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2019 Apprentices

Word Factory Apprentice Award 2019

In association with New Writing North, the Northern Writers’ Awards, Literature Works and Writing West Midlands — with Carys Davies, Lisa Blower, Leone Ross and Chris Power.


Word Factory is delighted to announce the four winners of the Word Factory Apprentice Award 2019. This year Word Factory is proud to be extending the national reach of its unique short story mentoring scheme in partnership with New Writing North and the Northern Writers’ Awards, Writing West Midlands, Comma Press and Literature Works.

Each Apprentice will receive a year’s free access to all Word Factory events and masterclasses with leading authors, career development and industry support, as well as intensive mentoring from celebrated writers.

They will also receive free membership to the writers’s union, The Society of Authors. They will be mentored by Carys Davies, Chris Power, Lisa Blower and Leone Ross.

The 2019 Word Factory Mentors

The award is the brain-child of Word Factory’s associate director, Paul McVeigh and founder and director Cathy Galvin, both sharing working-class backgrounds and a passion for the transformative power of literature.

The winners will join the Word Factory team in an exciting year in which writers will be encouraged to explore the boundaries of the short story form. Galvin’s artistic programme of readings, debates and special events will run throughout 2019/2020 and and has attracted the support of partners including those directly related to the award and Arts Council England, Waterstones, Tara Arts Theatre, the Charles Causley and Quay Words festivals and the University of Exeter.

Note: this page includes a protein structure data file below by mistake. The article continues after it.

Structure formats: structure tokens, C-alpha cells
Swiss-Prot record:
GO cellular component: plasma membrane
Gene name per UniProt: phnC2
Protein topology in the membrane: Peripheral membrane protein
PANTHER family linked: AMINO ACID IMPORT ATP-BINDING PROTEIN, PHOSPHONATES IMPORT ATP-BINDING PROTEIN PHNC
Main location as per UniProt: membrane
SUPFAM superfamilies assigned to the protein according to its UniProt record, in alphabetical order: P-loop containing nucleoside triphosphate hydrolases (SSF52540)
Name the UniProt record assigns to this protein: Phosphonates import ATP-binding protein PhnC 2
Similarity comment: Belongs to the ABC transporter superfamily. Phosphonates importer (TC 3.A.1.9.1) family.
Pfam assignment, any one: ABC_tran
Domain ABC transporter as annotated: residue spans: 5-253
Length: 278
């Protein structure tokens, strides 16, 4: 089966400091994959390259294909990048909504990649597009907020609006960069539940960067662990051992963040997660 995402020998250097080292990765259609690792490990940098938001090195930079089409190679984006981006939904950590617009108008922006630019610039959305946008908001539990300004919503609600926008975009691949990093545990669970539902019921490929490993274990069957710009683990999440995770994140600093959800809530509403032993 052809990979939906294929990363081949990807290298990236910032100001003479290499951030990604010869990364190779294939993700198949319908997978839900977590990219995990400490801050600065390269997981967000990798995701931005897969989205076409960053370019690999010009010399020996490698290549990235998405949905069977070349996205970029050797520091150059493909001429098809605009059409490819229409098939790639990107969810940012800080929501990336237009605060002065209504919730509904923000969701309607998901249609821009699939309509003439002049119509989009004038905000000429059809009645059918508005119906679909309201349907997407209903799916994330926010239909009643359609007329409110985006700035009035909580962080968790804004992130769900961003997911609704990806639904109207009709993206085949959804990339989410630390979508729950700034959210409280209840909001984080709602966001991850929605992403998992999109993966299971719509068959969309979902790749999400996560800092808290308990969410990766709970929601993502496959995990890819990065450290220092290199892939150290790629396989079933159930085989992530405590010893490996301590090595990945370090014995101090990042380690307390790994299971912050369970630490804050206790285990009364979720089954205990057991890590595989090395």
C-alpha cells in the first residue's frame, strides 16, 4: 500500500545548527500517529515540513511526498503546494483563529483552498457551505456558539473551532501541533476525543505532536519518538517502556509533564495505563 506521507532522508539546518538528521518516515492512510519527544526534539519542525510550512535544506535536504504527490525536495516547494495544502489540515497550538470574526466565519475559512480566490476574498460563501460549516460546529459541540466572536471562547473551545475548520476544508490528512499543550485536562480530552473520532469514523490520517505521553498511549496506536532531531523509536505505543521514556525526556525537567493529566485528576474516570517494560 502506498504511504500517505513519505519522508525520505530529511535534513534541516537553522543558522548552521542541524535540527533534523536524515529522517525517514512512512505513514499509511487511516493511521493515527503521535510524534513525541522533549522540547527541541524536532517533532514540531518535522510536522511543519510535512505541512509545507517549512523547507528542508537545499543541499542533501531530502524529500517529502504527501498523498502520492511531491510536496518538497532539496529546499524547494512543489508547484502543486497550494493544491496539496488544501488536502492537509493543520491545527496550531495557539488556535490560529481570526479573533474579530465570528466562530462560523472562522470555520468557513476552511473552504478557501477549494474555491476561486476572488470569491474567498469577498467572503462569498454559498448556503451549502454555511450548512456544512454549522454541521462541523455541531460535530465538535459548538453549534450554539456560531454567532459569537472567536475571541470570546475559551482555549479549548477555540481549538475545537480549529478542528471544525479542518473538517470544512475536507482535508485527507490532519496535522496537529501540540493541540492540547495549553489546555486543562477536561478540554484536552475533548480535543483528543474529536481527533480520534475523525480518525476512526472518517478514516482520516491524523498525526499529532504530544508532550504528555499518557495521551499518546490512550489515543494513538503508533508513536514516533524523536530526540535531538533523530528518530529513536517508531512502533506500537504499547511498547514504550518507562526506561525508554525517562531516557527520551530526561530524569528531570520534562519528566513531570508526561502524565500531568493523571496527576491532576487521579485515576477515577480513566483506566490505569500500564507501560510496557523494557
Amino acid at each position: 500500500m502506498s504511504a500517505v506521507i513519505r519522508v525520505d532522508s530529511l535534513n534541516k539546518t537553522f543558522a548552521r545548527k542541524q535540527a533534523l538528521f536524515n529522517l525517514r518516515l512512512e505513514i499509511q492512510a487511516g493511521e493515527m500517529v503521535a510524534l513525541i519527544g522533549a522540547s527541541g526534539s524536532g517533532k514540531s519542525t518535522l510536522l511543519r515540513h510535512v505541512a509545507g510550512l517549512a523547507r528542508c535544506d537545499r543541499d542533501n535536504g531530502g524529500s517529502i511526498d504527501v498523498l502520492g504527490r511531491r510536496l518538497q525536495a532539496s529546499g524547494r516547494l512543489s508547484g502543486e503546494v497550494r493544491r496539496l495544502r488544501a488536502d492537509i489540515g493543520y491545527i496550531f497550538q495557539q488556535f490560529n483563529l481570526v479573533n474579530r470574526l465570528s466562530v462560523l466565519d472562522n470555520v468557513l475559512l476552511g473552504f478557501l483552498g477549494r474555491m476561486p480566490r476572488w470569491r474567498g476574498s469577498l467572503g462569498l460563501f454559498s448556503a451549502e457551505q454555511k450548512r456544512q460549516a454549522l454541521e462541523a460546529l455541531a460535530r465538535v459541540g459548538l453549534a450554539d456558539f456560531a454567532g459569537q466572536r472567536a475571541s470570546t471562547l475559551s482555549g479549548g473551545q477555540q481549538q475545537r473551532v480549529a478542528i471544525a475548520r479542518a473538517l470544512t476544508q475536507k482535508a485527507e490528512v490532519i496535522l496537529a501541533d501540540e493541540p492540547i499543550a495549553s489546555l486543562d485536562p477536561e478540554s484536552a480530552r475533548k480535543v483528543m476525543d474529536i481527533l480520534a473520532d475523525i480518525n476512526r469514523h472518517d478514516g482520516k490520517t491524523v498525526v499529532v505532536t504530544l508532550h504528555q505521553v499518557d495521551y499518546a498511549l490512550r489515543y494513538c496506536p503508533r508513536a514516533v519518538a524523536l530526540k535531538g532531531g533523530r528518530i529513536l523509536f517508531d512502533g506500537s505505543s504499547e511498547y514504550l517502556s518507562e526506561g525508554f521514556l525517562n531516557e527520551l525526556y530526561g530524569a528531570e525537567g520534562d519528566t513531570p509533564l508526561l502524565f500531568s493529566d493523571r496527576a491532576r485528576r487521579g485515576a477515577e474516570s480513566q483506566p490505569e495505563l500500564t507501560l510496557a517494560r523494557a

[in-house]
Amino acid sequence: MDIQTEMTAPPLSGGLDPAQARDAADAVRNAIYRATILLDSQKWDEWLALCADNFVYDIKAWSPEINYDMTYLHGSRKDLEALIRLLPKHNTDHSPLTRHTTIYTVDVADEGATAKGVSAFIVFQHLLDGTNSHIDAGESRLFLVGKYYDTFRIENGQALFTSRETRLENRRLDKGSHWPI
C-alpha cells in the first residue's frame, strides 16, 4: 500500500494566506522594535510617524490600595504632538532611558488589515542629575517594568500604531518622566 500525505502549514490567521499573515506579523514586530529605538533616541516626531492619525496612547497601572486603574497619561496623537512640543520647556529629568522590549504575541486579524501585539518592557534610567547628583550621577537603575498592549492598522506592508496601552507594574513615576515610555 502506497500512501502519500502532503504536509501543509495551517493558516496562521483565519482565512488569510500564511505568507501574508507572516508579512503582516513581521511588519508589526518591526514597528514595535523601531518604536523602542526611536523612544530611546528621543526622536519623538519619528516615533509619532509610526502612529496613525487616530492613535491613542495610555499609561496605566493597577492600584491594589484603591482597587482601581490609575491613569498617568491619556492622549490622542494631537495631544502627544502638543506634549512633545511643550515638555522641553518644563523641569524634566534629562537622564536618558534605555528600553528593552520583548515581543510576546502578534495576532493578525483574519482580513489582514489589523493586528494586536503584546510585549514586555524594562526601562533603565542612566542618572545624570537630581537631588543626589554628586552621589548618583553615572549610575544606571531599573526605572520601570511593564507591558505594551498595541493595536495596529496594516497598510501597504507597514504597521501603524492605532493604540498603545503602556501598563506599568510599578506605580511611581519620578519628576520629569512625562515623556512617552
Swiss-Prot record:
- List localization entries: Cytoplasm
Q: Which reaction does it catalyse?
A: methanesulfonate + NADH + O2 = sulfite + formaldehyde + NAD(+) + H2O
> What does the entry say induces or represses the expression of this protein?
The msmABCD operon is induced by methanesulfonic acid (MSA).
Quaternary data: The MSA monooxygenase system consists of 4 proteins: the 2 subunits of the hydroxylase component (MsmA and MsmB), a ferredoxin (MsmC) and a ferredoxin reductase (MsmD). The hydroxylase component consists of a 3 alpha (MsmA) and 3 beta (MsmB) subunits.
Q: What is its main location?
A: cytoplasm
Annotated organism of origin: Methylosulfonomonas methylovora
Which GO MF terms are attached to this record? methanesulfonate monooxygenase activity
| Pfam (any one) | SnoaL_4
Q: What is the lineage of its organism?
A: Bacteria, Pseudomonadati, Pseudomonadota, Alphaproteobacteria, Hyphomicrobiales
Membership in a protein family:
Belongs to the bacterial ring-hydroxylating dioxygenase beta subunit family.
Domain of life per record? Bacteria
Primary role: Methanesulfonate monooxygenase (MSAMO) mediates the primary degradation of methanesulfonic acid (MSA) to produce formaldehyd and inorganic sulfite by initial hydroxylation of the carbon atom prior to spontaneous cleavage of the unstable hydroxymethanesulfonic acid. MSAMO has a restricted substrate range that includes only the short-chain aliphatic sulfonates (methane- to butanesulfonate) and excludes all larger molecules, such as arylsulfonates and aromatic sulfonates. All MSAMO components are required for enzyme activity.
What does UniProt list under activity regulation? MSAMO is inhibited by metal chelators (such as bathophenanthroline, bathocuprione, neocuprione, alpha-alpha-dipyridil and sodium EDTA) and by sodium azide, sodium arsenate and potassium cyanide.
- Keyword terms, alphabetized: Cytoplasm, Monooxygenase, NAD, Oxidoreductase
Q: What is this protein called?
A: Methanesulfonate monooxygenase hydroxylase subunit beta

Giselle Leeb photo - Word Factory

Giselle Leeb

Giselle Leeb grew up in South Africa and lives in Nottingham. Her short stories have appeared in over thirty publications including The Best British Short Stories 2017 (Salt), Ambit, Mslexia, The Lonely Crowd, Litro, Bare Fiction, Lady Churchill’s Rosebud Wristlet, Black Static, and other places. She has placed third in the Ambit, Elbow Room and WEM Aurora competitions and been shortlisted for the Bridport and Mslexia prizes. She is an assistant editor at Reckoning Journal.

Clare Howdle photo - Word Factory

Clare Howdle

Clare Howdle lives in Falmouth, Cornwall, where she runs a content agency – writing for national and international brands and publications about everything from how machine learning will enable the fifth wave of computing, to the cultural significance of the colour yellow. Her short stories have been published in The Sunday Times and The Cornish Short Stories Anthology (History Press, 2018) and longlisted for the Mslexia short story competition 2018. She’s performed her work at Port Eliot Festival, the Eden Sessions and was invited to judge a slam poetry competition with no knowledge of slam poetry. She’s endlessly baffled by the dynamics of human relationships and her writing explores the way experiences, emotions and events intersect to make us who we are. She’s supposed to be working on her first novel. Not checking the surf report.
Clare’s Word Factory Apprenticeship is also supported by Literature Works, the south-west regional writing development agency.

Roya Khatiblou photo - Word Factory

Roya Khatiblou